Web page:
On March 11, 2020, former Penn President Amy Gutmann and former Provost Wendell Pritchett instructed students who were off campus for spring break not to return as the COVID-19 pandemic had begun to turn the world upside down. Over the past two years, the Penn community has witnessed milestones such as returning to in-person instruction, being able to cheer Penn athletes on at the Palestra, and sharing a meal with friends at the dining halls once again. Through all the ups and downs, the Penn community has remained resilient and is now seeing a gradual transition to post-pandemic life. To mark the two-year anniversary after students were sent home in March 2020, The Daily Pennsylvanian takes a look back on the key moments that shaped the COVID-19 landscape at Penn.
In mid-March 2020, Penn students began moving out of the residential halls due to concerns of the newly emerging COVID-19 pandemic.
For the rest of the spring 2020 and fall 2020 semesters, students and professors saw the transition to online school using Zoom and Canvas as the main mediums of course instruction.
Students were able to return to campus in spring 2021, after a declining trend of COVID-19 cases. However, online instruction remained as the race for a vaccine continued.
Penn introduced the PCR saliva test — given at the DuBois and Houston Hall testing sites — and PennOpen Pass as tools to track and document COVID-19 cases in the community.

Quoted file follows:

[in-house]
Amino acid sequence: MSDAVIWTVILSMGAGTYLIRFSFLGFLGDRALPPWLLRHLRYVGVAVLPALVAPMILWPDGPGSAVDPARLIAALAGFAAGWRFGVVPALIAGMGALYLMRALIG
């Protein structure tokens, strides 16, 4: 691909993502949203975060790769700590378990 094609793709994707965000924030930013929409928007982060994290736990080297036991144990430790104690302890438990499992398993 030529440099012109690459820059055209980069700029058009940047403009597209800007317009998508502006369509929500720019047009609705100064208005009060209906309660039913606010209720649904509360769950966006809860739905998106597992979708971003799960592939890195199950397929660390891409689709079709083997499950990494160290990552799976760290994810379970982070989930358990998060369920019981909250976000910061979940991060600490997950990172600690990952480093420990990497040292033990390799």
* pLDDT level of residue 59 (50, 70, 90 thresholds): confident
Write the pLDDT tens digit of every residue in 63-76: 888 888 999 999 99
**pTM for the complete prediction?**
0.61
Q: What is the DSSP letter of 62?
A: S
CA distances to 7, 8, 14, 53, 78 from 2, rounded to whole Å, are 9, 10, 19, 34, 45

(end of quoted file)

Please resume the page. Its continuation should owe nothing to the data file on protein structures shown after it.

Dining saw drastic reforms, and dining halls relied on the “grab-and-go” method to distribute food for students on the dining plan.
With the introduction of the Pfizer-BioNTech and Moderna vaccines, Penn instated a vaccine mandate beginning April 2021, offering vaccine clinics for students and faculty.
As cases declined in the summer of 2021, the incoming Class of 2025 was able to experience Penn traditions on campus as in-person instruction resumed for the first time since March 2020.
Former President Amy Gutmann gave a convocation speech to the Class of 2025, highlighting the perseverance of the Penn community during the pandemic that made the event possible.
Fall 2021 saw the reintroduction of in-person classes, with mask mandates and biweekly testing protocols in place.
The decline in COVID-19 cases allowed sports its glorious return at Franklin Field for the first time since 2019.
The Omicron variant presented a roadblock, resulting in a virtual end to the 2021 fall semester. To combat against the new rise in cases, Penn instated a booster mandate for the Penn community in January 2022.
On March 15, 2022, Interim President Wendell Pritchett announced that the University will be moving to a mask-optional policy in indoor spaces, signaling hope for post-pandemic life.
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